Coaldrake taskforce to look at New Zealand’s model

By Anna Macdonald

July 5, 2022

David Mackie
The Coaldrake review taskforce will be headed by QLD attorney-general David Mackie. (AAP Image/Dan Peled)

A taskforce has been set up to implement the findings of the Coaldrake review immediately, headed by director-general of the Department of Justice and Attorney-General David Mackie. 

The taskforce is set to report its findings in September, with plans to introduce a legislative reform package to parliament. 

Queensland premier Annastacia Palaszczuk said the reforms will set a ‘benchmark’ for the rest of the country to follow. 

“These reforms will make Queensland the most transparent government in the country.

“Some reforms will be implemented immediately, others which require legislative change and stakeholder consultation will take a bit more time,” the premier said. 

The premier added Mackie and the cabinet secretary would be travelling to New Zealand to look at its model and implications. 

As part of the announcement, three unnamed lobbyists who worked on Labor’s state election campaign in ‘substantive roles’ would be unable to lobby the government for the remainder of this term.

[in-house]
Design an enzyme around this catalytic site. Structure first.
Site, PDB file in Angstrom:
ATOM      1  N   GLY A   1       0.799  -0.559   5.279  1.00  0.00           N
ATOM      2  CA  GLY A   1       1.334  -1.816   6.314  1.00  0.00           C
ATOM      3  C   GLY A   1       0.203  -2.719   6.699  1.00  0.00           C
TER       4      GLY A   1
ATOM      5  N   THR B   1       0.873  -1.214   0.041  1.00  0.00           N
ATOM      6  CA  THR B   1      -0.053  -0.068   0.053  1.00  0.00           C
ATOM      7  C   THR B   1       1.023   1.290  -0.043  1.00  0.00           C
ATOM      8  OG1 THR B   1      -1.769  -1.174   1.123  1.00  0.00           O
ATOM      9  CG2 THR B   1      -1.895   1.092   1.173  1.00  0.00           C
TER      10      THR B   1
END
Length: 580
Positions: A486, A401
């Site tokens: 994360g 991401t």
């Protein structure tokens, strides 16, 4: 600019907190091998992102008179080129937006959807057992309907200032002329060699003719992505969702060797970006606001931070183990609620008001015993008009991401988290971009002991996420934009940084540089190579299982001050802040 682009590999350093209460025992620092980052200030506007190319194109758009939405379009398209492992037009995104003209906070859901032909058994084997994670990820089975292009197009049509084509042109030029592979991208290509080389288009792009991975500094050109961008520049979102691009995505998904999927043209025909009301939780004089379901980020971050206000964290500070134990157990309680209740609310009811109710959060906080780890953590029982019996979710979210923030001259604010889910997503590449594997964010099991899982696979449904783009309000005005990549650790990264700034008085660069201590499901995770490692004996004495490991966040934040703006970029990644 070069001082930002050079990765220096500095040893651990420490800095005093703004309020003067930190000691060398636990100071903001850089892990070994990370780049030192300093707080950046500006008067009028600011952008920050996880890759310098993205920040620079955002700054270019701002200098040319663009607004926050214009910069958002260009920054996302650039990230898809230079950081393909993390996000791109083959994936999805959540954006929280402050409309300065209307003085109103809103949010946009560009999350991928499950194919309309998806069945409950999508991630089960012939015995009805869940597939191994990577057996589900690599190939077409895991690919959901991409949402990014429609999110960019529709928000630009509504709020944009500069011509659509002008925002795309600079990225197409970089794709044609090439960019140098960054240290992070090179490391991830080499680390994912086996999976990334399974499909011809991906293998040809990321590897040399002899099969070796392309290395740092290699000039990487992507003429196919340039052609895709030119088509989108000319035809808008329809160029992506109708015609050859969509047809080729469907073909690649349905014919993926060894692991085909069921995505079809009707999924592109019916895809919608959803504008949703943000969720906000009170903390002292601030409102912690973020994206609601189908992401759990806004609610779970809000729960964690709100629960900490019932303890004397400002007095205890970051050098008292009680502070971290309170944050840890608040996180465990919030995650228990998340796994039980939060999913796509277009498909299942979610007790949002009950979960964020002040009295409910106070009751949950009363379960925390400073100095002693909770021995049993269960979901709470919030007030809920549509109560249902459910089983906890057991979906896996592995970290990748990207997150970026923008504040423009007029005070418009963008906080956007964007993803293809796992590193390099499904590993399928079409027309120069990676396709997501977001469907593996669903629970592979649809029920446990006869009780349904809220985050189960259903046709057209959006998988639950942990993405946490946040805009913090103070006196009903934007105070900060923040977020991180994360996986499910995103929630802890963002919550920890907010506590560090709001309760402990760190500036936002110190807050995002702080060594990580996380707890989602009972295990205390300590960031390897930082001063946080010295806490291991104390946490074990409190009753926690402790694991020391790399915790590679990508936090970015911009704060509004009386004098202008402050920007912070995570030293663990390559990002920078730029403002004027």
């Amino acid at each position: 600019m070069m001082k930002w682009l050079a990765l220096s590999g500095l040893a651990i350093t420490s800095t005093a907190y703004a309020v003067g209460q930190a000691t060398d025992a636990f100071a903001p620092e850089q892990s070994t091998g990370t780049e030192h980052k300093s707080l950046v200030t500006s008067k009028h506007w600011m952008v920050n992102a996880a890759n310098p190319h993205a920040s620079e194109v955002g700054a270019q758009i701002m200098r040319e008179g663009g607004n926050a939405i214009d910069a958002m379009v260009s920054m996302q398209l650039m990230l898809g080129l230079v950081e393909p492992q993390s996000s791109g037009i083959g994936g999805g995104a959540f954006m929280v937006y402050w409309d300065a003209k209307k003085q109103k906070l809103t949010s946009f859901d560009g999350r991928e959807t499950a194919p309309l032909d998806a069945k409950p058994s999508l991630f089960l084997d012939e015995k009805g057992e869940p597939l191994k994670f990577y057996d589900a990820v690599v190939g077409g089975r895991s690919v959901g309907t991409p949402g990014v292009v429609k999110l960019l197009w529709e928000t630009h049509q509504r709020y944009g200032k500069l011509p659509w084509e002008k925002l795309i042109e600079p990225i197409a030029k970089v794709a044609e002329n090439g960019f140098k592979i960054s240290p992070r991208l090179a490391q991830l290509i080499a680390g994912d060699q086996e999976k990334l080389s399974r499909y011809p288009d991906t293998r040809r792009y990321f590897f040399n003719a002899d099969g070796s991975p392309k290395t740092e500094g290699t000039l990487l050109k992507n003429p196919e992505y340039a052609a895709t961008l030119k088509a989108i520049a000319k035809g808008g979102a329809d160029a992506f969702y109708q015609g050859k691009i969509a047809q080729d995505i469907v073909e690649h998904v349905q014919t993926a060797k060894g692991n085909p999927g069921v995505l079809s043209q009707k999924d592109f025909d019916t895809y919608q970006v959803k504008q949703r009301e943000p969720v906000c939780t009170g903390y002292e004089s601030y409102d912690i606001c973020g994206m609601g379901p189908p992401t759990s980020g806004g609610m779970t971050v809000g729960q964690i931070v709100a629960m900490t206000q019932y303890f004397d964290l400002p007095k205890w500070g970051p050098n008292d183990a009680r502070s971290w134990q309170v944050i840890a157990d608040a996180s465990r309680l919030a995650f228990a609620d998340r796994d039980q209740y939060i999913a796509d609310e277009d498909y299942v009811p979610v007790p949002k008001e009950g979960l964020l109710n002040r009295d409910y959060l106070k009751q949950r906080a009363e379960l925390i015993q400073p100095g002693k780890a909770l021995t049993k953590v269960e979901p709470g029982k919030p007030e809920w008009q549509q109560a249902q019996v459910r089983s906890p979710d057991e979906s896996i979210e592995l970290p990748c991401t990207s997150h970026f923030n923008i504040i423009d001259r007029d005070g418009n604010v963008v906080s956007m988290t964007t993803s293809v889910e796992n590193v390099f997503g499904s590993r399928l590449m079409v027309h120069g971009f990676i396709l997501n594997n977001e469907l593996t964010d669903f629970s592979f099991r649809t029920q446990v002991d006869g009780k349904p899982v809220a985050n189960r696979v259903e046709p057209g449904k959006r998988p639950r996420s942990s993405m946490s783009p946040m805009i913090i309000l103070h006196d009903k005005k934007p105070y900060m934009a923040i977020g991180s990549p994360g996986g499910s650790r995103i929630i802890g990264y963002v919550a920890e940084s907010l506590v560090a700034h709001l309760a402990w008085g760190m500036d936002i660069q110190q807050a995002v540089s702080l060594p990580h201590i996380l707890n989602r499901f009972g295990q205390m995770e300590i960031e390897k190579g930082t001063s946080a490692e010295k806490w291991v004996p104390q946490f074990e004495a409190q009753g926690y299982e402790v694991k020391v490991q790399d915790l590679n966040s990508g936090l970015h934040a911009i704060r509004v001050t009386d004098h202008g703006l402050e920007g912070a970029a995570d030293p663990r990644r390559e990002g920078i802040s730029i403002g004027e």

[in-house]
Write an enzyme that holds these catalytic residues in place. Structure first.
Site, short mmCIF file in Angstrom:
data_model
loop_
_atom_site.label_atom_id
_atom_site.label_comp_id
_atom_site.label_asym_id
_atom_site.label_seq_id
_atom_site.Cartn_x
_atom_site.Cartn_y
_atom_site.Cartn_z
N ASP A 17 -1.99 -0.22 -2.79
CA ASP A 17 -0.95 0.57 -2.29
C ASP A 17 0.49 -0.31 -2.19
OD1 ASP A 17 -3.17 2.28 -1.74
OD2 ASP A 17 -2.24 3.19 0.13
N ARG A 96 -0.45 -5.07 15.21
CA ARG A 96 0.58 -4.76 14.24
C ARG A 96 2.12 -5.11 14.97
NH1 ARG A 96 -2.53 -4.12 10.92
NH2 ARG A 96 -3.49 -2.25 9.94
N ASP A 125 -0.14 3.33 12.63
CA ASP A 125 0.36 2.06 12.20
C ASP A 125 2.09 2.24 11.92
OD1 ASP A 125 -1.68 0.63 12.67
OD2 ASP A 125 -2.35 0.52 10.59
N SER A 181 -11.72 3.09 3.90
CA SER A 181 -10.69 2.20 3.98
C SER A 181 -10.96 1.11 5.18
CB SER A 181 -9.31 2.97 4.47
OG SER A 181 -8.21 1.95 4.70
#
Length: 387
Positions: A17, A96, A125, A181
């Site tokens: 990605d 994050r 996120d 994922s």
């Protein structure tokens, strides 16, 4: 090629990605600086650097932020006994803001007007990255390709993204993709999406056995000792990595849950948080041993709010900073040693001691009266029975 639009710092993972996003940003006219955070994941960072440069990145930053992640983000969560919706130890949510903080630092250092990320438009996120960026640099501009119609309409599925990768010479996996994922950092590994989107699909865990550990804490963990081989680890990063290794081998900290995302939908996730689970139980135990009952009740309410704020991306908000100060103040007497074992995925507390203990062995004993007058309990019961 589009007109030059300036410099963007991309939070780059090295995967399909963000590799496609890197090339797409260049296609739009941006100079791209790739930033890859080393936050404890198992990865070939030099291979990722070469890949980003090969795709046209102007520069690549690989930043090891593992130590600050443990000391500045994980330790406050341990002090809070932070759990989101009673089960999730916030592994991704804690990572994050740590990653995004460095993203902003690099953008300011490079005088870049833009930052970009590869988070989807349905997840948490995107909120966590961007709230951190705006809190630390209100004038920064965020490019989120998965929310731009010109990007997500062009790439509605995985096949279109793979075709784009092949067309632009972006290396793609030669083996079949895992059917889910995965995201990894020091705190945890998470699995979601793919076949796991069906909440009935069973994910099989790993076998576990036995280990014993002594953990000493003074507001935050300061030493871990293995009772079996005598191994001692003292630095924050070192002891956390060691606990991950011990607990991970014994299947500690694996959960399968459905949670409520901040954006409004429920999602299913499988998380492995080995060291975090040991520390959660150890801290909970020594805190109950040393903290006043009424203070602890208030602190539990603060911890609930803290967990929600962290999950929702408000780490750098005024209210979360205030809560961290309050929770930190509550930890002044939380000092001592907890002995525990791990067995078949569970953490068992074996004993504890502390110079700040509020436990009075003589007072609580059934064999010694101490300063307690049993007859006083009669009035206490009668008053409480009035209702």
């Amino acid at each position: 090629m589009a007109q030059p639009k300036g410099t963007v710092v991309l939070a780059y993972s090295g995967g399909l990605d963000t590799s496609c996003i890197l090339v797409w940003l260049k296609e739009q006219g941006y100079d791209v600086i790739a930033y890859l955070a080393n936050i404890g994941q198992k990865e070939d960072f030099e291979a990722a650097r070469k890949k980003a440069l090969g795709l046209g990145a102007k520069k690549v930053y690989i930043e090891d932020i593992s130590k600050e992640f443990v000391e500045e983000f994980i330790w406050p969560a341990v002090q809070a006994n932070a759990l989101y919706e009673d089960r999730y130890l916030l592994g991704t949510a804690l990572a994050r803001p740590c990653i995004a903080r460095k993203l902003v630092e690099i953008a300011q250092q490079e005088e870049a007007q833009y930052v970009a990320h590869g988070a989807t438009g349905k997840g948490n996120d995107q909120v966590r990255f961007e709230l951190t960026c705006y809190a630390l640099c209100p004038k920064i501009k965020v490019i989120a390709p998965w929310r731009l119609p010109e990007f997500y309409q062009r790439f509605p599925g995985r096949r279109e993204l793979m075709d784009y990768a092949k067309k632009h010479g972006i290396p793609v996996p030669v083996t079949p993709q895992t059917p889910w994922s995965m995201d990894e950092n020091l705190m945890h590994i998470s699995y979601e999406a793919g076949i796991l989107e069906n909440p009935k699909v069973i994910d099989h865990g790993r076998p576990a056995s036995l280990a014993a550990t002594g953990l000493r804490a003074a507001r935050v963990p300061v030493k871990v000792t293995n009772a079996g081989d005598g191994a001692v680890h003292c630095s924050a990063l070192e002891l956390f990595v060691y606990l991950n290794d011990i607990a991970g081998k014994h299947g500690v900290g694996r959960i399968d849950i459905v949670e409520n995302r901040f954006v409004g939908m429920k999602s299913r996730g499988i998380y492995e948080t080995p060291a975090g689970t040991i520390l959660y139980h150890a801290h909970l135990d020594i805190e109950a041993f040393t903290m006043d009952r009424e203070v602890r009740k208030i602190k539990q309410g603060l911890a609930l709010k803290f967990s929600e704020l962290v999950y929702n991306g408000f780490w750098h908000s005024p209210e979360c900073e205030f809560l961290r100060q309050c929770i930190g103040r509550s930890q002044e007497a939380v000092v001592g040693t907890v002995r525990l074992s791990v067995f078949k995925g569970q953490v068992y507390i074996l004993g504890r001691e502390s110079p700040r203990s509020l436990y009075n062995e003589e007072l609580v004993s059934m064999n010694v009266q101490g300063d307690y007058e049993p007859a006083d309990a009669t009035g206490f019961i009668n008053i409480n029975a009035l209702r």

Deputy premier Steven Miles said the Coalition should do the same.

“We now call on the LNP to advise us of which lobbyists worked on their last campaign so that we can ban them from engaging with our government and also call on the LNP to stop allowing those political consultants to lobby them as the potential alternative government,” Miles said.

One change outlined by Palaszczuk was releasing cabinet documents after 30 days instead of 30 years. 

The Coaldrake report, published by Peter Coaldrake last week, found ‘widespread disaffection’ with the government’s performance. 

“This review was prompted by a number of issues, some publicly ventilated, which together paint the picture of an integrity system under stress trying to keep check on a culture that, from the top down, is not meeting public expectations,” Coaldrake said.

The report further named non-disclosure agreements (NDAs) as a barrier to full transparency, specifically as a tool to cover up bullying in the workplace. 

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